Key problems identified included lack of early recognition, lack of Rapid Response Team initiation, lack of communication to providers and lack of early intervention to mitigate further decline.
Starting in January 2013, high risk patients were targeted for additional assessments by expert nurses. This high risk target group was reviewed daily by a researcher.
Results have shown a statistically significant reduction in Code Blues for the four PCUs, along with increases in Rapid Response Team utilization and inpatient upgrades.
Alexis Andrews, R.N.
Brandie Bailey, R.N.
Barbara Boggs, R.N.
Joe Cannon, R.N.
Rick Gaylor, R.N.
Andrew Green, R.N.
Terri Gregory, R.N.
Alana Hall, R.N.
Patrick Hanner, R.N.
Jason Harrington, R.N.
Tammy Kemp, R.N.,
Kathy Ott, R.N.
Brian Philips, R.N.
Karyn Reese, R.N.
Kathy Shanz, R.N.
Robert Woodson, R.N.
Say No to Pneumonia:
Improving Pneumococcal Vaccination Rates in a Pre-surgical Testing Setting
Carilion Medical Center – Presurgical Testing
Centers for Disease Control recommend that 90% of individuals over 65 with chronic diseases and/or smokers receive pneumococcal vaccine. Research indicates that patients hospitalized with pneumonia who had prior pneumococcal immunizations had about a 40% lower rate of mortality than those not immunized.
Outpatient encounters provide an excellent opportunity to immunize. Patients are screened in the pre-surgical testing setting, according to CDC guidelines, but only 24%, or 1,368 patients, of those who met the criteria were being immunized.
With the implementation of staff education and regular feedback, reinforced and recognized achievement, in addition to a third grade reading level patient education message, the team was able to show positive improvement.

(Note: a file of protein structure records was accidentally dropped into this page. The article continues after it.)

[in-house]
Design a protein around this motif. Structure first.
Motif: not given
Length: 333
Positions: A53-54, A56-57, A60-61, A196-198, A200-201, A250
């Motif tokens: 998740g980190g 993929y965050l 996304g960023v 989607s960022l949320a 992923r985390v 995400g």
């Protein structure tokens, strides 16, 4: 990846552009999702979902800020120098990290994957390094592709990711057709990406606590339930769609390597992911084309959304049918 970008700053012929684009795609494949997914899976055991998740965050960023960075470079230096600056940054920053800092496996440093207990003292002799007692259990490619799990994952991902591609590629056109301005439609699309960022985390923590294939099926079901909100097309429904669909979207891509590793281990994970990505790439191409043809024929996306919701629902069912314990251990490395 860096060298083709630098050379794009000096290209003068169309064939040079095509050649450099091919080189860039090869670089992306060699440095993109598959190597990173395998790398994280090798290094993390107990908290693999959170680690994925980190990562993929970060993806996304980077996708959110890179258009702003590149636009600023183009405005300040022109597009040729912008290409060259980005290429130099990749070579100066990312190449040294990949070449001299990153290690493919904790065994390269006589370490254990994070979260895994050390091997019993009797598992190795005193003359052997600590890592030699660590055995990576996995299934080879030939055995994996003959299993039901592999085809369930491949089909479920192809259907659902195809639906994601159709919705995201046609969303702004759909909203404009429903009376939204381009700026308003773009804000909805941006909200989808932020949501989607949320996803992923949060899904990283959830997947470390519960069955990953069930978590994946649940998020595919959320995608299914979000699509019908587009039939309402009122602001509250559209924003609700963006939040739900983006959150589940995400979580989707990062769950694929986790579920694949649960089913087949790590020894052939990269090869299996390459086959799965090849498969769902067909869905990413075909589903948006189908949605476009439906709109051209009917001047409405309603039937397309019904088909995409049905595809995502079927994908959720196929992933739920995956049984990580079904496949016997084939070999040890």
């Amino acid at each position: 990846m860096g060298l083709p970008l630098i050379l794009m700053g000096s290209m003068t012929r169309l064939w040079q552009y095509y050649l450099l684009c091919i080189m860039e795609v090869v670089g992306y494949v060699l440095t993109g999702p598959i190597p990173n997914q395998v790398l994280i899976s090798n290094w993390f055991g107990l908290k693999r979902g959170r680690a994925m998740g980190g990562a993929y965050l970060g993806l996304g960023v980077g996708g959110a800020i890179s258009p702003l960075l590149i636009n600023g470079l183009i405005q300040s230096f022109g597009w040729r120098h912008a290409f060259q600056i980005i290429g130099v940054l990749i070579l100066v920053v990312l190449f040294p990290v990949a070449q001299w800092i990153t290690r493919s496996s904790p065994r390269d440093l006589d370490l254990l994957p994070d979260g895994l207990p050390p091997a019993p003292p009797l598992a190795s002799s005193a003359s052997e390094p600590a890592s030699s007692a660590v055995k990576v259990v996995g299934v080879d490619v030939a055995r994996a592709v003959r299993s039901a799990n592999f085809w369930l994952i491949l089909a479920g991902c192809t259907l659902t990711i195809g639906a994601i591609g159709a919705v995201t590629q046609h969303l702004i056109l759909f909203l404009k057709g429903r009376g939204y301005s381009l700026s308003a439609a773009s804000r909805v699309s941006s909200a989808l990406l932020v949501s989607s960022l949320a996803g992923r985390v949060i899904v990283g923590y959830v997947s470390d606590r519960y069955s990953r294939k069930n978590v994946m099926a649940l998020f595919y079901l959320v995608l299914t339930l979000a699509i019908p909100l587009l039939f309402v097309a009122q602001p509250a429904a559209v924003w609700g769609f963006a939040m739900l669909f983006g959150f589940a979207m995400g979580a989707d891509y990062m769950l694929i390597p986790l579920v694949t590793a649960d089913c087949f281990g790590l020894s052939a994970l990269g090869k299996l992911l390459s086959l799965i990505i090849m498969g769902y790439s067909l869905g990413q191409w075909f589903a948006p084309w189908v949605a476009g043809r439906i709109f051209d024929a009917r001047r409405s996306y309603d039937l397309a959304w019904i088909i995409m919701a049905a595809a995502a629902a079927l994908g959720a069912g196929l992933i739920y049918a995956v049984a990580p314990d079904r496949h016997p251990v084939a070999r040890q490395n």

From January to June 2013 there was an increase of 20% in pneumococcal vaccination rates compared with the same period 2012; from 20.18 to 40.11%. In June, 503 patients have received the pneumococcal vaccine, reaching over 50% of eligible patients.
Rebecca Clark, Ph.D
Paul Eastbrooks, Ph.D
Brenda Gilliam, R.N.
Deborah Hodges, R.N.
Julie Jackson, R.N., team leader
Presurgical Testing Team
The Clean Team
Carilion Roanoke Memorial Hospital
Environmental Services quarterly Hospital Consumer Assessment of Healthcare Providers and Systems (HCAHPS) cleanliness score from October 2012 to December 2012 was 59.37%, or well below the national average. In tandem, there were inconsistencies in discharge room cleaning times and increased admitting patient wait times.
Through the hard work and implementation of a High Touch Surface Monitoring Program, Cart Program, Delta Team and staffing optimization, Environmental Services has been consistently increasing the HCAHPS score to 76.45% in the third quarter of 2013.
VTE Prophylaxis on Time
Venous Thromboembolism (VTE) is a condition that includes deep vein thrombosis and pulmonary embolism. It is recommended that surgery patients should receive appropriate VTE prophylaxis within 24 hours before surgery to 24 hours after surgery.
This was a problem at Stonewall when the compliance rate for surgical patients dropped to 50% and 60% for January to February 2013, respectively.
An interdisciplinary team determined the root causes in failure and initiated primary efforts to improve and maintain appropriate VTE prophylaxis compliance to 100% for all surgical patients undergoing colon, hip or knee surgery per best practice guidelines.
By educating PACU staff, pharmacists and medical/surgical floor nurses on VTE orders in addition to completing a paper check list, compliance returned to 100% in May 2013.
Marlene Cooper, R.N.
Vicki Langdon, R.N.
Karen Zollman, R.N., team leader
“Time-Out” to Save 9 Lives
Carilion New River Valley Medical Center
One organ donor can save the lives of nine transplant recipients.
Carilion New River Valley Medical Center was inconsistently contacting LifeNet Health on ventilated patients who met referral for possible organ donation criteria prior to extubation: 80% compliance July – September 2012 and 60% compliance October – December 2012.
After attending LifeNet Conferences and implementing a “Time-Out” Epic optimization, referral compliance returned to 100% in January 2013. All critical care nurses and respiratory therapists are using a new “Time-Out” process in Epic to ensure the correct patient is identified and the reason for extubation is noted. If extubation is identified as end of life, the nurse ensures that LifeNet Health has been notified.
Desiree Beasley, R.N.,Team leader